Microsoft has released an update to Microsoft Quantum Development Kit.
Microsoft’s update to its Quantum Development Kit focuses on enhanced debugging experience along with faster simulations. It also includes contributions from the Q# community.
Microsoft launched the Quantum Development Kit last year, comprising a programming language called #Q for those who wanted to write quantum computer applications.
Microsoft sees a huge potential in quantum computing to help solve world’s leading problems in sectors related to science, medicine, chemistry, genetics and the environment. This is done with the use of qubits. Per reports, qubit based computing can solve problems in seconds or minutes as compared to today’s machines, which could take over billions of years to solve the same problem.
In the last update released in February earlier this year, Microsoft announced rich integration with Visual Studio and support for macOS and Linux and Python compatibility for Windows. The update was followed by a huge response by developers who wanted to explore the world of quantum computing.
This update is focused towards performance improvements for better simulations without depending upon number of qubits required.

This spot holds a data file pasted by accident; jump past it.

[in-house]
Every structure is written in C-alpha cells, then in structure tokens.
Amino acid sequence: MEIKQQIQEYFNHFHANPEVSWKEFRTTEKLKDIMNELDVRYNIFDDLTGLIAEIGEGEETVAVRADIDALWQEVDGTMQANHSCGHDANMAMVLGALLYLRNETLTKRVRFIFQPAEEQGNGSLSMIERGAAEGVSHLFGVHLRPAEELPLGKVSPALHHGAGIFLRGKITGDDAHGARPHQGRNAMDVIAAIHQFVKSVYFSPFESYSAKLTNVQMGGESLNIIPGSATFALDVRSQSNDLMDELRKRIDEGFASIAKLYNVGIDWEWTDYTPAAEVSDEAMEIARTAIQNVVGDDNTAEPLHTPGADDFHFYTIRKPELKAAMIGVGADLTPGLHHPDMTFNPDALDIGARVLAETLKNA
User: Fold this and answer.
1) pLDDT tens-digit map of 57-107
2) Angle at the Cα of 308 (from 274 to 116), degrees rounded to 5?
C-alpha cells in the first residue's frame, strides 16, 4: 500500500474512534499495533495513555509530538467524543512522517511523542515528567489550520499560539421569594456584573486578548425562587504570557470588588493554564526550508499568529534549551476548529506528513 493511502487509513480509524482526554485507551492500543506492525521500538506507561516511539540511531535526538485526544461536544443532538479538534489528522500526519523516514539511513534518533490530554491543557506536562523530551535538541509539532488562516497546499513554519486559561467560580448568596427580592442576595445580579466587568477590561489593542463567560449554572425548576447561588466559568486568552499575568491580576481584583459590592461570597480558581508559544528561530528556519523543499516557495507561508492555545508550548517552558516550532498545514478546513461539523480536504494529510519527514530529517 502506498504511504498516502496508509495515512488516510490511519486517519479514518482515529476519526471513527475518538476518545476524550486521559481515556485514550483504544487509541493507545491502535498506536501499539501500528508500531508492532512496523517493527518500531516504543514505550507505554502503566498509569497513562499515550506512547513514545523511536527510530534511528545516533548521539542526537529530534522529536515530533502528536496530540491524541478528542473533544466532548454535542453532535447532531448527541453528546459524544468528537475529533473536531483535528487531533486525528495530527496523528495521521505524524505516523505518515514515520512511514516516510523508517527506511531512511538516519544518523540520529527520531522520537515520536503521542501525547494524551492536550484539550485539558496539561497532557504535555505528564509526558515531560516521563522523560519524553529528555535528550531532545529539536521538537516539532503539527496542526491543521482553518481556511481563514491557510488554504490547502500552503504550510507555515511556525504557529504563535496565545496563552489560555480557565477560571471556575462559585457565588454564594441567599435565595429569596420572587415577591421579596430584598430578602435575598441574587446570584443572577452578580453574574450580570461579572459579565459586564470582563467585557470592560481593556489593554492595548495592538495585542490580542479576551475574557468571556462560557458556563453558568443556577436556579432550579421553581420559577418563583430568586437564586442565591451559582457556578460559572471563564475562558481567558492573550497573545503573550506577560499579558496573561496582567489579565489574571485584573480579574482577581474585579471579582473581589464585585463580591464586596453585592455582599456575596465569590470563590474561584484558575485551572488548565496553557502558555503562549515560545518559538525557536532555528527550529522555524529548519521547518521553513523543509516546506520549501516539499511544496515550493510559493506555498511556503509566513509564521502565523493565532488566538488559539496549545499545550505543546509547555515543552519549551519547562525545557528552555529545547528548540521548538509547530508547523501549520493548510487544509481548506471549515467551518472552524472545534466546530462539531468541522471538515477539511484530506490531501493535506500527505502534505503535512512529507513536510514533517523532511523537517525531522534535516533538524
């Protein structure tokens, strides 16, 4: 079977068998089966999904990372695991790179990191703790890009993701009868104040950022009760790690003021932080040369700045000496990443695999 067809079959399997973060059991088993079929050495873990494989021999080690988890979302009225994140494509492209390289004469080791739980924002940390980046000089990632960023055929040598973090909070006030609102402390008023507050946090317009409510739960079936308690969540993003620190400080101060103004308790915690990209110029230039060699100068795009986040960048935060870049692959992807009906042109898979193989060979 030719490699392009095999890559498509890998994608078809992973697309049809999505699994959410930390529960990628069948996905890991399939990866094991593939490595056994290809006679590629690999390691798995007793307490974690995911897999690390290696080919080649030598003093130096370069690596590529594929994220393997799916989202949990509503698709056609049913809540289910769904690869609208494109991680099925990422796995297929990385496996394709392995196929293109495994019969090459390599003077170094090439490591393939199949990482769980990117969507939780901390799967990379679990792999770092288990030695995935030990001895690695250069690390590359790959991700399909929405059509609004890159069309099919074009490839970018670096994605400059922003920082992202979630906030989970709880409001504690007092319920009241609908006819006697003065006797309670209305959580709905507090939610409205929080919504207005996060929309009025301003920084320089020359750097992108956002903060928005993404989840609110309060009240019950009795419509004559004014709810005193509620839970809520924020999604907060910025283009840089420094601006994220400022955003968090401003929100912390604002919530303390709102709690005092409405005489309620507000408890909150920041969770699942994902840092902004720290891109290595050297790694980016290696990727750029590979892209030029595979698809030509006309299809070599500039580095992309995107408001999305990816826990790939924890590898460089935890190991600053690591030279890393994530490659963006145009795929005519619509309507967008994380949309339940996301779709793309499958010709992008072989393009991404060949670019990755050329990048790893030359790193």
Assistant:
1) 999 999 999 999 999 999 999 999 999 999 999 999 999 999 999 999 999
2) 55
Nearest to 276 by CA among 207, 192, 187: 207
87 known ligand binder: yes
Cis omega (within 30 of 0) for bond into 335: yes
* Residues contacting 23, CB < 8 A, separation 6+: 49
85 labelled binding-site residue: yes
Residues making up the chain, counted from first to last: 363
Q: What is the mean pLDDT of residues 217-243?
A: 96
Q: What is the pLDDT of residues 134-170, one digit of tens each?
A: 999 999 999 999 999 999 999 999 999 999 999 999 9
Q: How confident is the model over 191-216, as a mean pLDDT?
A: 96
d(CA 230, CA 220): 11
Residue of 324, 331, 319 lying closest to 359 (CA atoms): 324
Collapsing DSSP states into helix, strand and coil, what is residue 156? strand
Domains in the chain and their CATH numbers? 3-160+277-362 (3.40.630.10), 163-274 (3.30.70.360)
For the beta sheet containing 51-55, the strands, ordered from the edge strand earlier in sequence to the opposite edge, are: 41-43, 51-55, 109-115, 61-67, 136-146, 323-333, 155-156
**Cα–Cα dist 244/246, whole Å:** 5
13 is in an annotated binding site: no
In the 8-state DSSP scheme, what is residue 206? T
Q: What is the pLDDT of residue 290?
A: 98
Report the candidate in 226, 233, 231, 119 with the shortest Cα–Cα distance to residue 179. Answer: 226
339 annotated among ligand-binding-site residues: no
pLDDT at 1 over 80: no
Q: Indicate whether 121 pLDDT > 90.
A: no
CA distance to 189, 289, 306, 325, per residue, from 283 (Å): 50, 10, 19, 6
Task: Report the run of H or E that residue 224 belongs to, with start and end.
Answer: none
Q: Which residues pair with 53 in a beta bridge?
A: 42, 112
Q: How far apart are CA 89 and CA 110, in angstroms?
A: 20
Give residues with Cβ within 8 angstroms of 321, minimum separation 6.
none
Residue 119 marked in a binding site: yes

The update also includes new debugging functionalities within the visual studio. With this, display of variable properties has been improved, for better readability of the quantum state.
As part of the debugging functionality updates, users can find two new features – DumpMachine and DumpRegister, which are designed to deliver probability information related to the specific quantum machine at any specified point of time.
The Microsoft Quantum Development Kit now also include helper and support functions.
Just few days before the release, Microsoft hinted company’s dedicated efforts to build a quantum computer and how it is improving in this mission each day, through a blog.
Julia Love, Director of Quantum Computing, Microsoft, said that the company aims to build a working quantum computer that can solve real-life world problems. In fact, Microsoft happens to be the only major company that is working on topological qubits, making computational qubits be ‘corrected’ by other qubits.